In any case, with my daughter getting engaged, I started wondering (outloud) why do people get married anyway? It seems curious that we seem to be hardwired to go along certain paths, some of which are not always that easy. We grow up thinking we'll go to college, get a career, get married, have kids, see the kids get married, and say "congratulations."

Why? Why don't we say "congratulations" to someone who decides to live on the street? Why do we believe that there is but one path. Is there only one way to live life, and if you don't follow that path then something is wrong with you?

As I looked around the restaurant, I started to see everyone being driven by their primal needs and desires. They were eating (hopefully because they were hungry), they were going to the restroom (supposedly to eliminate), they were dressed attractively (perhaps to sexually titillate others), and they were talking (perhaps in anticipation of some sexual union). And then there is the exchange of food for money (what is that about?).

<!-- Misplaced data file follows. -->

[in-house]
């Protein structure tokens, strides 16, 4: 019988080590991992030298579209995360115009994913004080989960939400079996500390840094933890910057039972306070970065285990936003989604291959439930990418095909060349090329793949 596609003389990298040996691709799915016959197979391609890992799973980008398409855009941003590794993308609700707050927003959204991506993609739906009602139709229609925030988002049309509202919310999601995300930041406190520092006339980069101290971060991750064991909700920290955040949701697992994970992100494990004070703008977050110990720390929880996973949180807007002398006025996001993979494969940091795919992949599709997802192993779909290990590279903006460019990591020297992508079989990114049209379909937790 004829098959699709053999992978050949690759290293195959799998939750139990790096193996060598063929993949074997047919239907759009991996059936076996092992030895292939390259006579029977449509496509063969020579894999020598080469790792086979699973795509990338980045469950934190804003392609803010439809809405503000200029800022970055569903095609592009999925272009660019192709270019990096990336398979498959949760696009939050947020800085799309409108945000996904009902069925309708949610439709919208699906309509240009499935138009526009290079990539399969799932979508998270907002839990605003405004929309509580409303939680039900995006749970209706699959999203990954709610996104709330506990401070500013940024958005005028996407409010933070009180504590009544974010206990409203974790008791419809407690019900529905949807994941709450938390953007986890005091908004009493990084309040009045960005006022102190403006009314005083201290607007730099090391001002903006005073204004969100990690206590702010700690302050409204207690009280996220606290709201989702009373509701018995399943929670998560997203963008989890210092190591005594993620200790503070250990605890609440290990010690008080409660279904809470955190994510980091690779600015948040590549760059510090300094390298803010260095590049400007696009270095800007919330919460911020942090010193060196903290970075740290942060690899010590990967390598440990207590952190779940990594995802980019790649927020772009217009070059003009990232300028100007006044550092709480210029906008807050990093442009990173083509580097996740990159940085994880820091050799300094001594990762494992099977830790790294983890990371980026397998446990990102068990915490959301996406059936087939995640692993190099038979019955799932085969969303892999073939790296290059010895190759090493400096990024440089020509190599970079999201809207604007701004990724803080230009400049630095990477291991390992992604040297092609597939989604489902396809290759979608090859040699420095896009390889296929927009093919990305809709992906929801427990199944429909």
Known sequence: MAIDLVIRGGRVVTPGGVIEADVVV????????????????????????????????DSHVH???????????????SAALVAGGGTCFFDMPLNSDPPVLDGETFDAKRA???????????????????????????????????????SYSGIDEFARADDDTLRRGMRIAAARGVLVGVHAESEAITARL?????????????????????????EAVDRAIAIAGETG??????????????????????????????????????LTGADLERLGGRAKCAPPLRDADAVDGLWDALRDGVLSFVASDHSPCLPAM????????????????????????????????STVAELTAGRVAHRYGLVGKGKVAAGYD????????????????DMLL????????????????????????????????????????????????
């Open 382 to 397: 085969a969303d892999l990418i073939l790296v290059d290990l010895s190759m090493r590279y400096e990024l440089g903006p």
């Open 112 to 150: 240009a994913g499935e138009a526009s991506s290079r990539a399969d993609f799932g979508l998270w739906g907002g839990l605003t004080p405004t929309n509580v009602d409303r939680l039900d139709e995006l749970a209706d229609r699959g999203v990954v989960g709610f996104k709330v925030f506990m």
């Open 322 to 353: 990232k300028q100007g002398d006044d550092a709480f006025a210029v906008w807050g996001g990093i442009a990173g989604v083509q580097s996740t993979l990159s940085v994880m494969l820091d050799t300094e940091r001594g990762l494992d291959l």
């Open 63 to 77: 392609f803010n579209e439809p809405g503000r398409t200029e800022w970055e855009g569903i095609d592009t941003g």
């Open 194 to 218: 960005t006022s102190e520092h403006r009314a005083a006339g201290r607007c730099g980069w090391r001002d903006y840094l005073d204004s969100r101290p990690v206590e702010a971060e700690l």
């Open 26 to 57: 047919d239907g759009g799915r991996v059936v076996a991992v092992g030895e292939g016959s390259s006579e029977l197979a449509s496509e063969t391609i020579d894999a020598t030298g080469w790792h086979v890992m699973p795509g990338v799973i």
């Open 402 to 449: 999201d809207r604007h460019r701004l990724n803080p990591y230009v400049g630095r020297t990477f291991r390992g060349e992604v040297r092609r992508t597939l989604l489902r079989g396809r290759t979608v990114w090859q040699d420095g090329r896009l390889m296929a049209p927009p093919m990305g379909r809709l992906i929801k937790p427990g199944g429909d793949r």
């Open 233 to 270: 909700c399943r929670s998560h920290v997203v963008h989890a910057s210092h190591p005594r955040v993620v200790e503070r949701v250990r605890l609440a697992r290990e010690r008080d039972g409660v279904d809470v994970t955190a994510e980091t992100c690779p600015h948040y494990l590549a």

What is all this about?

It is so interesting that we haven't progressed much from the first humans on earth. Our technology provides countless comforts and conveniences. But what is really different?

Just wondering...

Monday, August 9, 2010

For whom did I vote in 2008?


Engaged

I don't remember. Sometimes people say this because they are ashamed or embarrassed.  With me it is not the case. And sometimes people know the name of the person who they voted for, but the candidate changed so much pre to post election that they can honestly don't know for whom they had voted. That also is not the problem, though we haven't "had" many of the presidents that kept their promises.